The first responsibility of a candidate is not to win an election but to respond intelligently to the issues, even at the cost of losing.

– Wendell Berry in The Way of Ignorance: Letter to Daniel Kemmis p.141

Brought up as a teamster but now driving a tractor, a boy almost suddenly, almost perforce, sees the farm in a different way: as ground to be got over by a means entirely different, at an entirely different cost. The team (of mules), like the boy, would grow weary, but that weariness has all at once been subtracted, and the boy is now divided from the ground by the absence of a living connection that enforced sympathy as a practical good. The tractor can work at maximum speed hour after hour without tiring. There is no longer a reason to remember the shady spots where it was good to stop and rest. Tirelessness and speed enforce a second, more perilous change in the way the boy sees the farm: Seeing it as ground to be got over as fast as possible and, ideally, without stopping, he has taken on the psychology of a traveler by interstate highway or by air. The focus of his attention has shifted from the place to the technology.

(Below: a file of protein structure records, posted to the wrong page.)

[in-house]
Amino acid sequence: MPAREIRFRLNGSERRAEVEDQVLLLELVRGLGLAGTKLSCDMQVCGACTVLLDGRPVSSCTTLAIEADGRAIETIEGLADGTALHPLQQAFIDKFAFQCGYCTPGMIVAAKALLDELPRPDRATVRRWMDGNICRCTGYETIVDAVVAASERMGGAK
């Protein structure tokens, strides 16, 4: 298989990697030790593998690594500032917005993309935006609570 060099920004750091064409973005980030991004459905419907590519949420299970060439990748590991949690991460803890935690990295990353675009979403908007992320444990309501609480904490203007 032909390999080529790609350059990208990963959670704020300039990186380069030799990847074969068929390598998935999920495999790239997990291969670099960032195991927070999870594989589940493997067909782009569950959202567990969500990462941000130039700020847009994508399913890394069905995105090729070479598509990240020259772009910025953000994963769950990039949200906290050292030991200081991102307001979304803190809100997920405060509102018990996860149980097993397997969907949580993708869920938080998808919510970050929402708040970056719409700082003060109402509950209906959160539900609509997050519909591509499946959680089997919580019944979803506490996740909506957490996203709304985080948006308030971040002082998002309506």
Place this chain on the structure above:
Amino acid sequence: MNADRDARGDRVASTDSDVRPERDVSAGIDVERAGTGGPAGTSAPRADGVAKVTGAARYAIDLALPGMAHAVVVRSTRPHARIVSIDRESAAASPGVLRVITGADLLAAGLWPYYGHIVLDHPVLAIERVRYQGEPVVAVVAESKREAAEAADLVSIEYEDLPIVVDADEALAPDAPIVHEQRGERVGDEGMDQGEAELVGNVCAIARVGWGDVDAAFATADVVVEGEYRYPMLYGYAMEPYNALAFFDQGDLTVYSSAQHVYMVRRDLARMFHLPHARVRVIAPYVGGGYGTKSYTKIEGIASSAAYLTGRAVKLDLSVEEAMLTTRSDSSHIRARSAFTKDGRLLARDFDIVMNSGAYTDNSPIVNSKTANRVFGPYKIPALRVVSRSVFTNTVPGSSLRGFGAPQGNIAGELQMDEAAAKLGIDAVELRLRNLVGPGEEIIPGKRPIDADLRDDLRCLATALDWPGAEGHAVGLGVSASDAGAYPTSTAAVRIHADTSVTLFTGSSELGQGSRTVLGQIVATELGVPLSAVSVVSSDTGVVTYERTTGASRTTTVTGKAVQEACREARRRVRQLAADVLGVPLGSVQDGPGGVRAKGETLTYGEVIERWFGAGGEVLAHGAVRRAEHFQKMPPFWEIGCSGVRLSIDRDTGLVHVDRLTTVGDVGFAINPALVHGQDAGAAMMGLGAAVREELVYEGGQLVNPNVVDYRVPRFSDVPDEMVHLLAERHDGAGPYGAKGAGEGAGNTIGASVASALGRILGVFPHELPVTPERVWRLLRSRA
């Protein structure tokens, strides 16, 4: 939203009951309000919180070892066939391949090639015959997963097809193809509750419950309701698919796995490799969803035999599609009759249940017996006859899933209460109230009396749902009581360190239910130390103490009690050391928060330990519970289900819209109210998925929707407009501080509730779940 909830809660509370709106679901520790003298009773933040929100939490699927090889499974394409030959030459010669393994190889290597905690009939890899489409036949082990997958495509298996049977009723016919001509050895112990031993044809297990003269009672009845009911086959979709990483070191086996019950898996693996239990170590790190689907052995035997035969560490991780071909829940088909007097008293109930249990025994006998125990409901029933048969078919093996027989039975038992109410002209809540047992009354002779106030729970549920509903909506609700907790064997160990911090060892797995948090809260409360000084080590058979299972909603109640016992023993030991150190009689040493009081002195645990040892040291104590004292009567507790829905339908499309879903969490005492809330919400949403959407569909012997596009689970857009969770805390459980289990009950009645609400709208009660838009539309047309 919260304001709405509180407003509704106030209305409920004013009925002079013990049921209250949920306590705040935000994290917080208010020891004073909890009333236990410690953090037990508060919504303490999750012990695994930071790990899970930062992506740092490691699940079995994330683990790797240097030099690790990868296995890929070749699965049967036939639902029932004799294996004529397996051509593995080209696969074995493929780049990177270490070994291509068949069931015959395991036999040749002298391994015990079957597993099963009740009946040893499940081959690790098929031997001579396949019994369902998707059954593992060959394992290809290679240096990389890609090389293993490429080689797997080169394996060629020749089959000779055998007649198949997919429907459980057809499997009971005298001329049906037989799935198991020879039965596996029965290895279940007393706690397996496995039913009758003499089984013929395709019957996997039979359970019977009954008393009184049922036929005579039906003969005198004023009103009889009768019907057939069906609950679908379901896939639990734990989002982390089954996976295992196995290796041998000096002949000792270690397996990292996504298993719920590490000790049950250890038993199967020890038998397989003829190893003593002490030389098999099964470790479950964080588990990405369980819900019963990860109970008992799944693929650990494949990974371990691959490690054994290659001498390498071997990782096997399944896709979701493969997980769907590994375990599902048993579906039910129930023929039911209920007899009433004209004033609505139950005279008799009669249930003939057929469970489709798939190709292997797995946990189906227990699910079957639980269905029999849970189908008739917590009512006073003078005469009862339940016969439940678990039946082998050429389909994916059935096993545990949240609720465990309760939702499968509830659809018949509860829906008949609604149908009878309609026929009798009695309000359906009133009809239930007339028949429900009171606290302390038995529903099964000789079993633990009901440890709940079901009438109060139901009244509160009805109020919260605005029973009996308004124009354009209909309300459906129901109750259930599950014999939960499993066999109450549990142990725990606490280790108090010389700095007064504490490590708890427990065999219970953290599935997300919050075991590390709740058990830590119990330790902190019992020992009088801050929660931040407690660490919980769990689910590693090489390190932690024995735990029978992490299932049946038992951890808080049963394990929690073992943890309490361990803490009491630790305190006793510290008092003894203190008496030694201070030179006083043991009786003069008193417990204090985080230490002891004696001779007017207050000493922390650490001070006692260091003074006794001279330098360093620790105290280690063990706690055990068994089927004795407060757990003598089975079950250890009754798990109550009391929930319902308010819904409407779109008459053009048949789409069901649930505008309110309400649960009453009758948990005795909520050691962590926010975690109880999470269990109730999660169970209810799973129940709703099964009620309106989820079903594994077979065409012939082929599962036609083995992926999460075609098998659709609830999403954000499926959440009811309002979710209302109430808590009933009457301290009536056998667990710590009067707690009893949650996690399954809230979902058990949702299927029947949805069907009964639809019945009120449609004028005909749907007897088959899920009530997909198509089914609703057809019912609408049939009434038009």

– Wendell Berry in The Way of Ignorance: Renewing Husbandry p.95

The person who will undertake to help without doing harm is going to be a person of some complexity, not easily pleased, probably not a hero, probably not a billionaire.

– Wendell Berry in The Way of Ignorance: The Way of Ignorance p.65

To imagine that destructive power might be made harmless by gathering enough power to destroy it is of course perfectly futile.

– Wendell Berry in The Way of Ignorance: The Way of Ignorance p.63